Procrastination Pitstop

Writer (co-Author of Marissa Alwin), Mom, Wife, Dreamer, who every once in a while needs a moment away from it all

amandaonwriting:

Source for Twitter Comic

amandaonwriting:

Source for Twitter Comic

amandaonwriting:

The Importance of Varying Sentence Length
We Shall Keep the Faith
by Moina Michael, November 1918

Oh! you who sleep in Flanders Fields,Sleep sweet - to rise anew!We caught the torch you threwAnd holding high, we keep the FaithWith All who died.
We cherish, too, the poppy redThat grows on fields where valor led;It seems to signal to the skiesThat blood of heroes never dies,But lends a lustre to the redOf the flower that blooms above the deadIn Flanders Fields.
And now the Torch and Poppy RedWe wear in honor of our dead.Fear not that ye have died for naught;We’ll teach the lesson that ye wroughtIn Flanders Fields.
Inspiration for the poem

Having read John McCrae’s poem 'In Flanders Fields' Moina Michael made a personal pledge to ‘keep the faith’. She felt compelled to make a note of this pledge and hastily scribbled down a response entitled “We Shall Keep the Faith” on the back of a used envelope. From that day she vowed to wear a red poppy of Flanders Fields as a sign of remembrance.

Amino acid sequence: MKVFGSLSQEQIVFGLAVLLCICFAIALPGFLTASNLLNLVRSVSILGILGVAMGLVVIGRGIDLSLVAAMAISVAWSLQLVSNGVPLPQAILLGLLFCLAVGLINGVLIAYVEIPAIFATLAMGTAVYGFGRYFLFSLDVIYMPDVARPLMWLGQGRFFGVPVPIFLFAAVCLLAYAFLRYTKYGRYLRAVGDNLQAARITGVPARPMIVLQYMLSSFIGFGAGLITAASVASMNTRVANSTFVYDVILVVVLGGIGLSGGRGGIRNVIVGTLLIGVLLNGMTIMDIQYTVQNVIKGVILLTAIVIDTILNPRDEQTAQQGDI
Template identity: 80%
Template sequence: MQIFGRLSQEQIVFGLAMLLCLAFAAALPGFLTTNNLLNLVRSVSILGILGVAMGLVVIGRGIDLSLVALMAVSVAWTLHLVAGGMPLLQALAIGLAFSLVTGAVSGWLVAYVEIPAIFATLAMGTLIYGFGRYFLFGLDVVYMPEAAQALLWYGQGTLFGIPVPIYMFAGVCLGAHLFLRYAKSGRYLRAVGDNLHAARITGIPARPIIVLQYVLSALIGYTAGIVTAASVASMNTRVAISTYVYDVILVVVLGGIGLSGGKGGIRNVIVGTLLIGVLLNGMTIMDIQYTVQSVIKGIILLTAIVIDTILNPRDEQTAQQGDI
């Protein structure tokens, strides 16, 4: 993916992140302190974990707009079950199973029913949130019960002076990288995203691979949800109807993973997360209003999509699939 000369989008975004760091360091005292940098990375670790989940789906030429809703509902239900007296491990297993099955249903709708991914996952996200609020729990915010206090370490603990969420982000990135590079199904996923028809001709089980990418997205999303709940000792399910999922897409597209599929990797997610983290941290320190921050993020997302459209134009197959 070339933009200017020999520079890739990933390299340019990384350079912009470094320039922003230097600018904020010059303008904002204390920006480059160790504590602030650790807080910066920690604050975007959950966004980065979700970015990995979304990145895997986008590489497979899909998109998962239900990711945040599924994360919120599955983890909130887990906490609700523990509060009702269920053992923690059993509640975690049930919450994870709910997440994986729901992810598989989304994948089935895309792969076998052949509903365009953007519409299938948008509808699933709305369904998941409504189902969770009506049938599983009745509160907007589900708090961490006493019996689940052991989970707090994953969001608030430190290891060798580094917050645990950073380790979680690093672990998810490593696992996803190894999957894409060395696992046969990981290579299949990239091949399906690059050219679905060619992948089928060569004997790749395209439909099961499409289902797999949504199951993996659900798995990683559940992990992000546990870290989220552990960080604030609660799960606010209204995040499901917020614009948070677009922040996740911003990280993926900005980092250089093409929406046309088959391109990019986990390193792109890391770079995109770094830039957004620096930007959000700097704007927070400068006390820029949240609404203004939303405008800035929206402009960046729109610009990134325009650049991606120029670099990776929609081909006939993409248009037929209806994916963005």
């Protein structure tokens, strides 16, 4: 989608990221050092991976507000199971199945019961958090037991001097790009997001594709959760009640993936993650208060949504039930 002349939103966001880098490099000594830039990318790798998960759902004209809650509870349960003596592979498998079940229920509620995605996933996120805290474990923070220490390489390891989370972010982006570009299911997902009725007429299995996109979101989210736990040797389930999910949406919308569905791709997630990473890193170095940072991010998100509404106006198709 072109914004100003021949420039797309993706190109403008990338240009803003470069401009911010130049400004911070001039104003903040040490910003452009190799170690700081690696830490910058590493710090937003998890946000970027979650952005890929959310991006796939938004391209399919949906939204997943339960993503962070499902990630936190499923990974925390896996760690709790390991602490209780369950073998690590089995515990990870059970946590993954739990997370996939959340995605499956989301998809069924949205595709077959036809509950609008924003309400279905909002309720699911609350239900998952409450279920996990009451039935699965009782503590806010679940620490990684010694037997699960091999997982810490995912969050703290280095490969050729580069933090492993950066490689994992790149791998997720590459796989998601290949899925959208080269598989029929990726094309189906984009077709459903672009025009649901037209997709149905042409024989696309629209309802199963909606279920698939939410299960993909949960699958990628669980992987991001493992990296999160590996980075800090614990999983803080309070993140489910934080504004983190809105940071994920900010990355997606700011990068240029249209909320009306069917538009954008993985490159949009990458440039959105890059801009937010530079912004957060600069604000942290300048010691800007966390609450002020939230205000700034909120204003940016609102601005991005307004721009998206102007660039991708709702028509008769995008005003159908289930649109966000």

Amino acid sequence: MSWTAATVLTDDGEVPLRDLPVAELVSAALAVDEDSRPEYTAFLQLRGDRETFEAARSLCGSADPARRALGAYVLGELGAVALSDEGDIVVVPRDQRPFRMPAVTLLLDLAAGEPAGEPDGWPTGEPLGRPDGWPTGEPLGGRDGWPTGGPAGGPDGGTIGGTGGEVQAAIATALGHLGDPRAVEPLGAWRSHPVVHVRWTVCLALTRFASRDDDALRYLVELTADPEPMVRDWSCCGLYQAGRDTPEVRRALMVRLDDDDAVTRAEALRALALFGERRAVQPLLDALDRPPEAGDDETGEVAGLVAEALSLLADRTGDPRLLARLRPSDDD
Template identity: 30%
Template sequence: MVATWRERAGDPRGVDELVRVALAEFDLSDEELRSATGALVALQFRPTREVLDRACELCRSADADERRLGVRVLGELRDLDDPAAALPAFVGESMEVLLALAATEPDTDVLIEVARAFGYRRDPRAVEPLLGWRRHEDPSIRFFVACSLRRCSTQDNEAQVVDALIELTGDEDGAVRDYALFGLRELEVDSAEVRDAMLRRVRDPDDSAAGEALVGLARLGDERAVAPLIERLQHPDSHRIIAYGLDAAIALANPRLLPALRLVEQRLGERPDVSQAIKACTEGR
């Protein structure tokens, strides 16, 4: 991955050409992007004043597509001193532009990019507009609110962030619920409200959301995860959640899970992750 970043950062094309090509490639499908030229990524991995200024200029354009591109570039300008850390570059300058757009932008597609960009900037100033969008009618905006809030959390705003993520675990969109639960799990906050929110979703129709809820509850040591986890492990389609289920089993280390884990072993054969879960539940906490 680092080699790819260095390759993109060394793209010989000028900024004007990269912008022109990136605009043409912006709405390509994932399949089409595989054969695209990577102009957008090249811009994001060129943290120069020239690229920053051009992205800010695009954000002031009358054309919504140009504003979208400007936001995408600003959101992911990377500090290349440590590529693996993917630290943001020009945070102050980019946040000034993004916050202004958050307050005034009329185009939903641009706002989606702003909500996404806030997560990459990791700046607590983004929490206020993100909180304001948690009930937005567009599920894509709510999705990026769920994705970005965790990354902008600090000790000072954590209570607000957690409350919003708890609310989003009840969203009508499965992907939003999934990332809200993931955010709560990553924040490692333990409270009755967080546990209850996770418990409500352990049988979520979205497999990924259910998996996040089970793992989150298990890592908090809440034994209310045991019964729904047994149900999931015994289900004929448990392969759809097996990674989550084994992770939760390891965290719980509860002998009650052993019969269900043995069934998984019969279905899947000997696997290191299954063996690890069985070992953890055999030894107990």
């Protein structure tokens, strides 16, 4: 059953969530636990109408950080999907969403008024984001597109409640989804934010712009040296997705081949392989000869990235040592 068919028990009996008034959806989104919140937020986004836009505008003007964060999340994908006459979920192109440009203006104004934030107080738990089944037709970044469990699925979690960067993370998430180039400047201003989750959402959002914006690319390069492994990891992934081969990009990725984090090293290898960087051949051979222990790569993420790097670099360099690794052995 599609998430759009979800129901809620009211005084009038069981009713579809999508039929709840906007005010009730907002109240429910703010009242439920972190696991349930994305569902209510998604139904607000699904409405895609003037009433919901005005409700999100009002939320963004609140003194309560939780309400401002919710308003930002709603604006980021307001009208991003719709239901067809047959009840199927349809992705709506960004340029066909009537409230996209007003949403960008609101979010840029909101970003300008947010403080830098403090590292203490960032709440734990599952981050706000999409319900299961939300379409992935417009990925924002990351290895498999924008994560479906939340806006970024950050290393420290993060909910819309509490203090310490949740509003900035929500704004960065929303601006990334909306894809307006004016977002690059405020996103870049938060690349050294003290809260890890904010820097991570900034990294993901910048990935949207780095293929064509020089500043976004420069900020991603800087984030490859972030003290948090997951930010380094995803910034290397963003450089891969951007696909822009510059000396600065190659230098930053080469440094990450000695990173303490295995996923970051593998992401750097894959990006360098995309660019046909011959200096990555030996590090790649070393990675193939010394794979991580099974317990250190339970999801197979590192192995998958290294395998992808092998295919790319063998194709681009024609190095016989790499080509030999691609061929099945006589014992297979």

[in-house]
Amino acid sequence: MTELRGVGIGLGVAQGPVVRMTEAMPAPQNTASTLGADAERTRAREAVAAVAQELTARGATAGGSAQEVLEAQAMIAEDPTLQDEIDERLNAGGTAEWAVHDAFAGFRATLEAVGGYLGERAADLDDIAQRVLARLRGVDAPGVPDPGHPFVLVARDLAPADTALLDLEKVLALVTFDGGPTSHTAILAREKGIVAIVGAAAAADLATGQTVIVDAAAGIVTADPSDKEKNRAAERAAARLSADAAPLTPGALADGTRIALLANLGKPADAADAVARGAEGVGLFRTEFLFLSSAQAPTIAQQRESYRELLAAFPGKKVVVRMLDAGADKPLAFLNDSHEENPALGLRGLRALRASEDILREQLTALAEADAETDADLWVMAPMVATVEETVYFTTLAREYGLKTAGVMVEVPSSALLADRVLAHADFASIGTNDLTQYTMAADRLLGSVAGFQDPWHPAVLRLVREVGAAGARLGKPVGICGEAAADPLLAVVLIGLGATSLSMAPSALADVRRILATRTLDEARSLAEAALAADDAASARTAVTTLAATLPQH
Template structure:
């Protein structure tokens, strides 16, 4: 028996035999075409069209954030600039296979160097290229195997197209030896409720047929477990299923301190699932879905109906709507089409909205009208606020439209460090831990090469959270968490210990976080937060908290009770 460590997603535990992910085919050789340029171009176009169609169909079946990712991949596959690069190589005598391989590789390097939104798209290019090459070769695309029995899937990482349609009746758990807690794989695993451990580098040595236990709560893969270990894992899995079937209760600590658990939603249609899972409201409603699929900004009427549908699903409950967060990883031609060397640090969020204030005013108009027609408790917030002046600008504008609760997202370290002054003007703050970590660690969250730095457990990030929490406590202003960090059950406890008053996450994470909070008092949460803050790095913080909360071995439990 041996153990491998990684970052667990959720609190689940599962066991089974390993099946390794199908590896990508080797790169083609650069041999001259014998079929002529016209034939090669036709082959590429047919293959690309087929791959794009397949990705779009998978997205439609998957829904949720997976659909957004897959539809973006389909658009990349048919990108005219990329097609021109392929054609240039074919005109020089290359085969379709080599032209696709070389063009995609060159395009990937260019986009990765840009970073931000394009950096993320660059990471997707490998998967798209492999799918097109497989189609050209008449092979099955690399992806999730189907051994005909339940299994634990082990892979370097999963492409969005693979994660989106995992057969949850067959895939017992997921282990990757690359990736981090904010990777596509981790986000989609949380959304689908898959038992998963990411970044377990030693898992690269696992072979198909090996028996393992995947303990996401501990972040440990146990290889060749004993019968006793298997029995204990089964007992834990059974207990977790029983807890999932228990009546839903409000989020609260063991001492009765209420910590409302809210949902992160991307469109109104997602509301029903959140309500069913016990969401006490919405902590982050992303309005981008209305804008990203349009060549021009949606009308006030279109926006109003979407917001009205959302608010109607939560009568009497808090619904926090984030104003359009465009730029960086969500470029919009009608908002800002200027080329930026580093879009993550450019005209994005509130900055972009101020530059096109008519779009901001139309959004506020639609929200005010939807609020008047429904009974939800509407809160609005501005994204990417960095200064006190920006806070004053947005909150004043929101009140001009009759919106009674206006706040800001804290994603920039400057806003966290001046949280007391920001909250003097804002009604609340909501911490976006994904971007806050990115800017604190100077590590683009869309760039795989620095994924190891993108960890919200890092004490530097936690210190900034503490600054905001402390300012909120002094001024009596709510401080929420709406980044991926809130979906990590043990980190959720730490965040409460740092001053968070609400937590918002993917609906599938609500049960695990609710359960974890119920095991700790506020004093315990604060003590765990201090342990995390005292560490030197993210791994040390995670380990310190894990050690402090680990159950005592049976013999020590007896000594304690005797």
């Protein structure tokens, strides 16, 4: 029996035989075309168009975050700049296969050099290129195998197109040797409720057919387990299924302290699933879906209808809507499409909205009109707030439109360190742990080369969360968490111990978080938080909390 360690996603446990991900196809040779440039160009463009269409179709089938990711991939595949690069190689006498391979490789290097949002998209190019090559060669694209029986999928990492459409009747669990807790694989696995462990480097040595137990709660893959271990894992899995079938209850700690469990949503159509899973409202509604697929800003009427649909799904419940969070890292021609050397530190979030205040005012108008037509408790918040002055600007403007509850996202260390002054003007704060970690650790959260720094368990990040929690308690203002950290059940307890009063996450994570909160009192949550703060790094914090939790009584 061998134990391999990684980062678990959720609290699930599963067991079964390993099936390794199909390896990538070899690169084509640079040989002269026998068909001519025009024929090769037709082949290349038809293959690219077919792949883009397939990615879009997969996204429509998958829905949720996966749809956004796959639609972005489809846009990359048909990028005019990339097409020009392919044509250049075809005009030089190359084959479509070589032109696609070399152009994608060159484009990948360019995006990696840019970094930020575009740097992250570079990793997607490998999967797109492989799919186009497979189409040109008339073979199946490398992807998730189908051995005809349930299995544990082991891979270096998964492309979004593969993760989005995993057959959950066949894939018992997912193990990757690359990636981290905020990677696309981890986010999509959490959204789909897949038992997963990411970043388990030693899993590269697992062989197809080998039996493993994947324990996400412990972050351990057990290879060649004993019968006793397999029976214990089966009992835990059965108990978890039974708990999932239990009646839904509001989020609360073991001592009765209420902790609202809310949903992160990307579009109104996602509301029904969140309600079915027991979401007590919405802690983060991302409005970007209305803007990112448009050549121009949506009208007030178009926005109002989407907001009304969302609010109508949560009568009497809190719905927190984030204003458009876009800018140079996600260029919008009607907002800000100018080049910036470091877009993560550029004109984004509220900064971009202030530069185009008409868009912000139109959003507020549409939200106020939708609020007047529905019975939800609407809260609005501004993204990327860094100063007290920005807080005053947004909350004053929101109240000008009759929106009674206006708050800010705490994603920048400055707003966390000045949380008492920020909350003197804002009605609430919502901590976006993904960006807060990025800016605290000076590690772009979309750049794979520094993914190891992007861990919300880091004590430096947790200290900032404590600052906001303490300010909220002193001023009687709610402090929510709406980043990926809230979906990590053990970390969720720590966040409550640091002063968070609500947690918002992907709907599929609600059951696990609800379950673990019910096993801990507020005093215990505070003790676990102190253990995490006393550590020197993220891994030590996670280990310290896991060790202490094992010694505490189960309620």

Read the fascinating story of Moina Michael and how she had the idea to use the delicate poppy flower to raise funds for ex-servicemen returning from the First World War: http://www.greatwar.co.uk/people/moina-belle-michael.htm

We Shall Keep the Faith

by Moina Michael, November 1918

Moina Michael

Oh! you who sleep in Flanders Fields,
Sleep sweet - to rise anew!
We caught the torch you threw
And holding high, we keep the Faith
With All who died.

We cherish, too, the poppy red
That grows on fields where valor led;
It seems to signal to the skies
That blood of heroes never dies,
But lends a lustre to the red
Of the flower that blooms above the dead
In Flanders Fields.

And now the Torch and Poppy Red
We wear in honor of our dead.
Fear not that ye have died for naught;
We’ll teach the lesson that ye wrought
In Flanders Fields.

Inspiration for the poem

Flanders poppies

Having read John McCrae’s poem 'In Flanders Fields' Moina Michael made a personal pledge to ‘keep the faith’. She felt compelled to make a note of this pledge and hastily scribbled down a response entitled “We Shall Keep the Faith” on the back of a used envelope. From that day she vowed to wear a red poppy of Flanders Fields as a sign of remembrance.

Read the fascinating story of Moina Michael and how she had the idea to use the delicate poppy flower to raise funds for ex-servicemen returning from the First World War: http://www.greatwar.co.uk/people/moina-belle-michael.htm